The instant you react in fear to any negative and adverse workplace event, you have lost the game! “Fear is the path to the Dark Side. Fear leads to anger, anger leads to hate, hate leads to suffering.” –Yoda
The moment you experience fear in the workplace, pause and just smile. The physical movement of your facial muscles when smiling will cause your brain to stop thinking of self defense and start to calm you down. (Source) Then breathe deeply and slowly. Your opponent will look at you quizzically and wonder what the joke is or whether she said something funny. Ok, you are now back to center and can think with a cool head. This is what I did a few years back when my case was called for oral argument during a court of appeals case. The trick really works. Fear happens to all of us. It is a natural human emotion, and the emotion should be recognized for what it is worth, to protect you; then put fear in its proper perspective—on the sideline and behind you.
You have choices about fear and only you can decide which path to take. Would you rather take the map route that is longer by several hours or a short five minute trip to your destination? Fear acts like a weight on your forward momentum and the ballast must be removed immediately whenever you sense it. But maybe you are having trouble releasing fear, even though you have heard this advice before. Fear is just an idea or thought generated in your brain in reaction to an adverse event. If you can feel and think fear, you can also forget it just as fast. But how? Well, the pause mentioned above is the start of the process and the second step is to tell yourself, even write it down, that the very present thought of fear can easily be replaced by the thought that you are not in fear. You can “unthink” the thought of fear and it takes practice. You are going to stumble a few times but eventually you will harness control over fear; be patient. Say to yourself, “fear is just a thought, I do not believe in fear”.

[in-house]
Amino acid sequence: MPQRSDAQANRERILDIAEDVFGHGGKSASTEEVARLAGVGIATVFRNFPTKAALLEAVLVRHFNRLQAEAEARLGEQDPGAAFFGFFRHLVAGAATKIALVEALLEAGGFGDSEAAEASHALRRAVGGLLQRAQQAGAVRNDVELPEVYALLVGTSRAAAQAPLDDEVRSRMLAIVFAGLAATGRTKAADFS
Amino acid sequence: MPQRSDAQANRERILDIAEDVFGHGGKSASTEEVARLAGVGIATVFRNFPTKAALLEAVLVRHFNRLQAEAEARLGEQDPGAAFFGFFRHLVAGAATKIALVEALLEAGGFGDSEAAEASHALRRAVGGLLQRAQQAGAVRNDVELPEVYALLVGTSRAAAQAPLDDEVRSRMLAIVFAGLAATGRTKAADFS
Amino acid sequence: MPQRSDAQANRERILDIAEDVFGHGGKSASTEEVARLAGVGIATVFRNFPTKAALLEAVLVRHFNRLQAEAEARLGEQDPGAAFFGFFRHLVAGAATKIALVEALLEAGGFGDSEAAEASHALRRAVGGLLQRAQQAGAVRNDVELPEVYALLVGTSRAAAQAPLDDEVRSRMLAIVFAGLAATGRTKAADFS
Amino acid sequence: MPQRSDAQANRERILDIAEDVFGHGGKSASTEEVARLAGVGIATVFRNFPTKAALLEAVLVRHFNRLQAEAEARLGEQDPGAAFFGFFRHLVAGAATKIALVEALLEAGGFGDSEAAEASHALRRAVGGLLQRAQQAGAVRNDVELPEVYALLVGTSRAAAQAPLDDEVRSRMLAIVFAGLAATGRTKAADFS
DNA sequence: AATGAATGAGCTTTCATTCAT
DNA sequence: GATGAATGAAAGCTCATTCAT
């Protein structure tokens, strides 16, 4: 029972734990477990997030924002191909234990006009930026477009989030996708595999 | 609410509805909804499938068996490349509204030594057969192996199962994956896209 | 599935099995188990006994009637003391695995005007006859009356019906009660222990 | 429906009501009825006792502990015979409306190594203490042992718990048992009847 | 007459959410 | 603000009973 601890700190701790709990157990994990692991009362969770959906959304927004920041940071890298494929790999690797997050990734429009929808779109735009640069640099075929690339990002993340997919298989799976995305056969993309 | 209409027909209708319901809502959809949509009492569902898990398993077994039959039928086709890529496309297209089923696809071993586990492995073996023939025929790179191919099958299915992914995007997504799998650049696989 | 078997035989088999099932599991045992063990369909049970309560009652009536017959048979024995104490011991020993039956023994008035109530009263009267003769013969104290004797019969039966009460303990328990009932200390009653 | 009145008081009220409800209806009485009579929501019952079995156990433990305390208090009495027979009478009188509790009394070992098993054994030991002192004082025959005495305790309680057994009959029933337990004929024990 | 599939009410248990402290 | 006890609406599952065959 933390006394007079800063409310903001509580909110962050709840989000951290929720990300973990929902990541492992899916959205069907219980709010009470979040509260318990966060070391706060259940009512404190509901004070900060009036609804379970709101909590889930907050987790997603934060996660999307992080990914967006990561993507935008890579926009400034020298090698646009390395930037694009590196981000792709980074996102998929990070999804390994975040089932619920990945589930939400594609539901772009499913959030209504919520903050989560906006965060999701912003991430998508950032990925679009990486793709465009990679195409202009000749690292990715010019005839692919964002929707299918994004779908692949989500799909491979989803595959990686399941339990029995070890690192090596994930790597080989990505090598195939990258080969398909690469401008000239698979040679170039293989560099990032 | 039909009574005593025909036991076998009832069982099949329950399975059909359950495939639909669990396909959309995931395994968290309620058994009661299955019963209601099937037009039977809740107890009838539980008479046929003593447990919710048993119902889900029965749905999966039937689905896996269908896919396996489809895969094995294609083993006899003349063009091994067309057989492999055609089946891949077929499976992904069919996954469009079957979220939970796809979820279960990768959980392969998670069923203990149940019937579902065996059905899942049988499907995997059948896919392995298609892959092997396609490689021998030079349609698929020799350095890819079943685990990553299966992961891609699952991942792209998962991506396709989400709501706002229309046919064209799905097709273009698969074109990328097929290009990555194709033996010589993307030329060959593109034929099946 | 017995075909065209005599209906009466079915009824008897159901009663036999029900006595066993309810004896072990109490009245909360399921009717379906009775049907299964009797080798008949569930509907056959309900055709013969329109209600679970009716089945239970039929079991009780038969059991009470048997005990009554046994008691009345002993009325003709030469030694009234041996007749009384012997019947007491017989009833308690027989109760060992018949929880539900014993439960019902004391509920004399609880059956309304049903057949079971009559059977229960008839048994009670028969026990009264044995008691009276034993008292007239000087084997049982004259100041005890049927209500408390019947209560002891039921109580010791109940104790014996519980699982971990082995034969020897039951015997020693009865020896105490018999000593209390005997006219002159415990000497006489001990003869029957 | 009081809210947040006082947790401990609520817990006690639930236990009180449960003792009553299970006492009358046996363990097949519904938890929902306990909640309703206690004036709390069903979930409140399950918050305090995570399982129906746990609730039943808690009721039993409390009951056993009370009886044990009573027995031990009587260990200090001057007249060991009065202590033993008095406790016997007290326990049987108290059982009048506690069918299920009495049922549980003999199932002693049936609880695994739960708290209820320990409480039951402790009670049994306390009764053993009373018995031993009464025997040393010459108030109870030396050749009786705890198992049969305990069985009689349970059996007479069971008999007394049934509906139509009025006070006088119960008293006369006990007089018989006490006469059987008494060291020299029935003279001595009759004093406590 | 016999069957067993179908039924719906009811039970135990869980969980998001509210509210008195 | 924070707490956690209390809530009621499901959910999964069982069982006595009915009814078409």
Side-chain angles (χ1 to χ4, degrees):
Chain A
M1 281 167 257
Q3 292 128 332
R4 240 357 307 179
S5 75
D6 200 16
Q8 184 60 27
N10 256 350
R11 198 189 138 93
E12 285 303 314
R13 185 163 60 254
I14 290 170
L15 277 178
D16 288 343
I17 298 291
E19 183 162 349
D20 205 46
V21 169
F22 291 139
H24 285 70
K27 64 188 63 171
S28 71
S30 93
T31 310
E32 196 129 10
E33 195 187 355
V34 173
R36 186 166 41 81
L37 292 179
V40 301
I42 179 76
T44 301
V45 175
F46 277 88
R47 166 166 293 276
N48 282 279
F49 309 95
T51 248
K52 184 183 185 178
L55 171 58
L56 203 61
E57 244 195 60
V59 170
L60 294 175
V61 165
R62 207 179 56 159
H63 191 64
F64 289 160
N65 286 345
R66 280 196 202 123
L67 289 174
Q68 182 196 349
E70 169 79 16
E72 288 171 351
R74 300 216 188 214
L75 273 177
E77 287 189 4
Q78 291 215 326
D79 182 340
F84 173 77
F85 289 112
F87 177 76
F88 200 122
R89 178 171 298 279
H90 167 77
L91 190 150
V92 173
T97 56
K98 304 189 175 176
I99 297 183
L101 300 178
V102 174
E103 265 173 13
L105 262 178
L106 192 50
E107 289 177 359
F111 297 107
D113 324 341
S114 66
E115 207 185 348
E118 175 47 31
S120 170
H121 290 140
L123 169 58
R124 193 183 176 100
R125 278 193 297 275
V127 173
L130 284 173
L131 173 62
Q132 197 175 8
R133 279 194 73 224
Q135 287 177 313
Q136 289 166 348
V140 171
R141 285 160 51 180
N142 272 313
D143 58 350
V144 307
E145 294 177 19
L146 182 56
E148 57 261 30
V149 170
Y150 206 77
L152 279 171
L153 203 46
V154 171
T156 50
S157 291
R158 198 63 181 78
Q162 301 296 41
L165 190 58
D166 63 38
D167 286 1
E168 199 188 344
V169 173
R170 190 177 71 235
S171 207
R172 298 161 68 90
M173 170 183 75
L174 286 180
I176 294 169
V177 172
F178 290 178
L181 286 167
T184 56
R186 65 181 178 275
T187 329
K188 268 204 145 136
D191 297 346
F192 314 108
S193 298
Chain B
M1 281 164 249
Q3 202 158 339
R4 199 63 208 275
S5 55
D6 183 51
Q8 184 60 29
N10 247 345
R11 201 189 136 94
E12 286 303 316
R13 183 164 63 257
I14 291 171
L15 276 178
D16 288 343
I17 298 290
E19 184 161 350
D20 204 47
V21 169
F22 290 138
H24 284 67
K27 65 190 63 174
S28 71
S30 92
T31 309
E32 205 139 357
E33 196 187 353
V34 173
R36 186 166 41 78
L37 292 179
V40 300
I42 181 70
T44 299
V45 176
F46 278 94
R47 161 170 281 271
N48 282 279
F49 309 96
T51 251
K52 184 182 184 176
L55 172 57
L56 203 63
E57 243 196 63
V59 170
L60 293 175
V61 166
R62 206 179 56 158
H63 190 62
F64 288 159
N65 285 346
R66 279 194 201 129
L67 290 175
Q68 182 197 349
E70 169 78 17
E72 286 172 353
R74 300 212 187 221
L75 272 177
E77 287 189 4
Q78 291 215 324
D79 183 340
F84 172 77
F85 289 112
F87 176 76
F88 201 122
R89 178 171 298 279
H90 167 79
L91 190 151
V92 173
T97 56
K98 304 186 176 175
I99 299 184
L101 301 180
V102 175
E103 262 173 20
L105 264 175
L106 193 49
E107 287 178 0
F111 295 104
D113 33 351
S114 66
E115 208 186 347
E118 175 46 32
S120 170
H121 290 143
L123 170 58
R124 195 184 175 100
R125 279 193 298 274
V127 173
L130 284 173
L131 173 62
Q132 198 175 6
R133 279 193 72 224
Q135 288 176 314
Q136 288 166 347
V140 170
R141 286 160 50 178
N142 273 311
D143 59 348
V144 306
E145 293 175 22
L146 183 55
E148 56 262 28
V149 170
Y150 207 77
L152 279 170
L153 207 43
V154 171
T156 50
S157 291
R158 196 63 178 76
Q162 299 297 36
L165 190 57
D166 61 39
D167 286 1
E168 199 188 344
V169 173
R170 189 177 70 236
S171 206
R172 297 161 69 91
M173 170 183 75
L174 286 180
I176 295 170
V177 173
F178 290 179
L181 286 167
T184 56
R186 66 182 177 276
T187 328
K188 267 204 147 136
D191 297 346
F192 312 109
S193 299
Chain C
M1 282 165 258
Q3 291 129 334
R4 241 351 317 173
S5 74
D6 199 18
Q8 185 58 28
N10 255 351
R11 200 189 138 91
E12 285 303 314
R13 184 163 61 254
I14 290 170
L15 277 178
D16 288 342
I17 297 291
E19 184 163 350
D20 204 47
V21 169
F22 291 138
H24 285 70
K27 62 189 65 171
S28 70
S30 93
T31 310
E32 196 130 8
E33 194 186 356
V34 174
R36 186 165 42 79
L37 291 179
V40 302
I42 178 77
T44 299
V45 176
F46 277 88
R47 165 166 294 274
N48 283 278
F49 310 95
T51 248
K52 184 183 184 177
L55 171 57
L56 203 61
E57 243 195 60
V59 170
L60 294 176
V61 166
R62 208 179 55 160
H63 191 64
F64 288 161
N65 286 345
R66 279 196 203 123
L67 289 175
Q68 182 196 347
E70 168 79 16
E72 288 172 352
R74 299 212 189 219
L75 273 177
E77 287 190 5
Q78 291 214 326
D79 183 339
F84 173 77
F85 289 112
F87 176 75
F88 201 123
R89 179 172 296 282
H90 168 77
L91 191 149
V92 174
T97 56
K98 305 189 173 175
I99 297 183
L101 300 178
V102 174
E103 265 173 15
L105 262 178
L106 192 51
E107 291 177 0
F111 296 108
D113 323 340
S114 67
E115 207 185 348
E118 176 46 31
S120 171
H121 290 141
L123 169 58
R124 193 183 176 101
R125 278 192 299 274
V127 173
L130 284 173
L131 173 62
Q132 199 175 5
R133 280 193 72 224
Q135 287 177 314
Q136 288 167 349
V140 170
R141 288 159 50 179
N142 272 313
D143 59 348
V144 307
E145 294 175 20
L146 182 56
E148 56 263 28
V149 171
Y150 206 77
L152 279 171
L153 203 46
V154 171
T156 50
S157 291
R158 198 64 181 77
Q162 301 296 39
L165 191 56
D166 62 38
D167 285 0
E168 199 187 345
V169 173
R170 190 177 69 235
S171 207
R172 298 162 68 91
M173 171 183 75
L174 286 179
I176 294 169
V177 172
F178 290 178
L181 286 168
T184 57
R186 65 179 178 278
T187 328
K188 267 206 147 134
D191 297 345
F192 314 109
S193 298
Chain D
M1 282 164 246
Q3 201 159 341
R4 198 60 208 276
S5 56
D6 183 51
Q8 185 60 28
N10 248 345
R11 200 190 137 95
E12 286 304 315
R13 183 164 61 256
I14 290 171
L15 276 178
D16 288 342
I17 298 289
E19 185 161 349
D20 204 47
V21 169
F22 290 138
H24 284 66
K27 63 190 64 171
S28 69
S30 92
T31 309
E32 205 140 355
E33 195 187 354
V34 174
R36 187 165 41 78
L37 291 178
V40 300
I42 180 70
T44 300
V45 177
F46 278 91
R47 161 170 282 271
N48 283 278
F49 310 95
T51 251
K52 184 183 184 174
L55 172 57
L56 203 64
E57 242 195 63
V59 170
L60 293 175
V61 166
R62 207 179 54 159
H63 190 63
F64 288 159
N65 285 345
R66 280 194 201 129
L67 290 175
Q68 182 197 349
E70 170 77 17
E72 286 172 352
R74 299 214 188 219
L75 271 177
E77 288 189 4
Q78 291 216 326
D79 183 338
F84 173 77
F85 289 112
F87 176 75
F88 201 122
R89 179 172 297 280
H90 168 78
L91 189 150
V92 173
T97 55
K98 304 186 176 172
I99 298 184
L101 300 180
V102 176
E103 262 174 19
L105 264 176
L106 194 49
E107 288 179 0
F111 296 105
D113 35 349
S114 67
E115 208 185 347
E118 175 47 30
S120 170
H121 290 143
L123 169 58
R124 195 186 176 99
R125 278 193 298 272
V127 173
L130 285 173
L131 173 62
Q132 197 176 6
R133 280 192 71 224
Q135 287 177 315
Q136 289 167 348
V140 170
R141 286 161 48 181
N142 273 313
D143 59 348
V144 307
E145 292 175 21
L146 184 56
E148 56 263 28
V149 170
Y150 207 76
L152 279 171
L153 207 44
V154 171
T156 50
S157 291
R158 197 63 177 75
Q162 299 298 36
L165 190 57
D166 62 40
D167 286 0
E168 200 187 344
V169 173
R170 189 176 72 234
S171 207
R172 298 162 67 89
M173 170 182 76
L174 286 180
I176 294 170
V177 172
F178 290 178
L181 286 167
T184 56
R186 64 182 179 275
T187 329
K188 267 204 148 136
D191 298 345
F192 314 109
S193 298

When you are confronted with an uncomfortable situation at work try to be present and “hunt” for the first sign of fear and then squash it. As the work situation grows worse, obviously escalate your intention to reduce and eliminate fear. Doing this will immediately help you find a calmer approach and prevent you from saying something you will regret or that will further add negative value to the situation.
When you get over the “hump” of fear, your intentions will quickly shift to how you can leverage this work situation to your advantage. This positive momentum will enhance your feelings of self-worth and confidence. Your fellow employees and managers will instantly pick up on this vibe and give you the runway to listen to your position or argument, even though they are still acting adverse to you. This is how successful employees and executives handle fear at work. Yes, it may sound simple, but this is the trick you must keep in your tool chest while working. If you keep applying this technique, you may be promoted and eventually become a great leader.
If you would like further information about dealing with fear at work, stay tuned to this employment law blog. We will be publishing a series of upcoming articles discussing fear in the workplace and how you can successfully handle fear while facing specific work situations.